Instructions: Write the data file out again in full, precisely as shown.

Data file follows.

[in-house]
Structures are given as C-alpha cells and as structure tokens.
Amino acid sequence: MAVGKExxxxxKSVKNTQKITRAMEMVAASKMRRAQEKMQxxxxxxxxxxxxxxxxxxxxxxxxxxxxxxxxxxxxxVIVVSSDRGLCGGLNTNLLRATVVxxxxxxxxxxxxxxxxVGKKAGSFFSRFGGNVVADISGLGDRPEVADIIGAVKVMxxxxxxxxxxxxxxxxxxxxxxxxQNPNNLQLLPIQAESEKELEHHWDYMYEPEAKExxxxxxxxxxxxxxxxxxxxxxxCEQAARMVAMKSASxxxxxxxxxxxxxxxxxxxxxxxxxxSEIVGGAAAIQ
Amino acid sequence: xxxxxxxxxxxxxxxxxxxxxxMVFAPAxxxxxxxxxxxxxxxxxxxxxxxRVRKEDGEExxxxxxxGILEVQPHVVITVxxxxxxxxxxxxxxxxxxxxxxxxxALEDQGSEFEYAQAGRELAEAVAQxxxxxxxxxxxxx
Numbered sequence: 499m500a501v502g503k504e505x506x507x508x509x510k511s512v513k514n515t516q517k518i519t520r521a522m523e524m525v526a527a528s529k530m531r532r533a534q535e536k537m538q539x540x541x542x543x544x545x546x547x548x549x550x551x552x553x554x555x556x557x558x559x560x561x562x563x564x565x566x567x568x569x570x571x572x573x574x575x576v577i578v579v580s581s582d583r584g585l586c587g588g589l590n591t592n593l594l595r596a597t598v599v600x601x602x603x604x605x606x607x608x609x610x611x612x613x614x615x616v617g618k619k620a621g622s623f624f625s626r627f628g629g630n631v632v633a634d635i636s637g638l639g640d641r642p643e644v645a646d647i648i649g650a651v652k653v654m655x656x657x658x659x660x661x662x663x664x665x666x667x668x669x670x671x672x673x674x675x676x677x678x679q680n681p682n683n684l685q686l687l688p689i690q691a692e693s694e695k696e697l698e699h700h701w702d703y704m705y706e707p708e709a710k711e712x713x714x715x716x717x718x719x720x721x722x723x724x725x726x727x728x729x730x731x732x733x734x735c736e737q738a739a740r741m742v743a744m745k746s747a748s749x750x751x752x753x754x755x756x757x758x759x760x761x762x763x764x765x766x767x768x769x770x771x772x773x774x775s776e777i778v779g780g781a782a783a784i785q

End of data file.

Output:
[in-house]
Structures are given as C-alpha cells and as structure tokens.
Amino acid sequence: MAVGKExxxxxKSVKNTQKITRAMEMVAASKMRRAQEKMQxxxxxxxxxxxxxxxxxxxxxxxxxxxxxxxxxxxxxVIVVSSDRGLCGGLNTNLLRATVVxxxxxxxxxxxxxxxxVGKKAGSFFSRFGGNVVADISGLGDRPEVADIIGAVKVMxxxxxxxxxxxxxxxxxxxxxxxxQNPNNLQLLPIQAESEKELEHHWDYMYEPEAKExxxxxxxxxxxxxxxxxxxxxxxCEQAARMVAMKSASxxxxxxxxxxxxxxxxxxxxxxxxxxSEIVGGAAAIQ
Amino acid sequence: xxxxxxxxxxxxxxxxxxxxxxMVFAPAxxxxxxxxxxxxxxxxxxxxxxxRVRKEDGEExxxxxxxGILEVQPHVVITVxxxxxxxxxxxxxxxxxxxxxxxxxALEDQGSEFEYAQAGRELAEAVAQxxxxxxxxxxxxx
Numbered sequence: 499m500a501v502g503k504e505x506x507x508x509x510k511s512v513k514n515t516q517k518i519t520r521a522m523e524m525v526a527a528s529k530m531r532r533a534q535e536k537m538q539x540x541x542x543x544x545x546x547x548x549x550x551x552x553x554x555x556x557x558x559x560x561x562x563x564x565x566x567x568x569x570x571x572x573x574x575x576v577i578v579v580s581s582d583r584g585l586c587g588g589l590n591t592n593l594l595r596a597t598v599v600x601x602x603x604x605x606x607x608x609x610x611x612x613x614x615x616v617g618k619k620a621g622s623f624f625s626r627f628g629g630n631v632v633a634d635i636s637g638l639g640d641r642p643e644v645a646d647i648i649g650a651v652k653v654m655x656x657x658x659x660x661x662x663x664x665x666x667x668x669x670x671x672x673x674x675x676x677x678x679q680n681p682n683n684l685q686l687l688p689i690q691a692e693s694e695k696e697l698e699h700h701w702d703y704m705y706e707p708e709a710k711e712x713x714x715x716x717x718x719x720x721x722x723x724x725x726x727x728x729x730x731x732x733x734x735c736e737q738a739a740r741m742v743a744m745k746s747a748s749x750x751x752x753x754x755x756x757x758x759x760x761x762x763x764x765x766x767x768x769x770x771x772x773x774x775s776e777i778v779g780g781a782a783a784i785q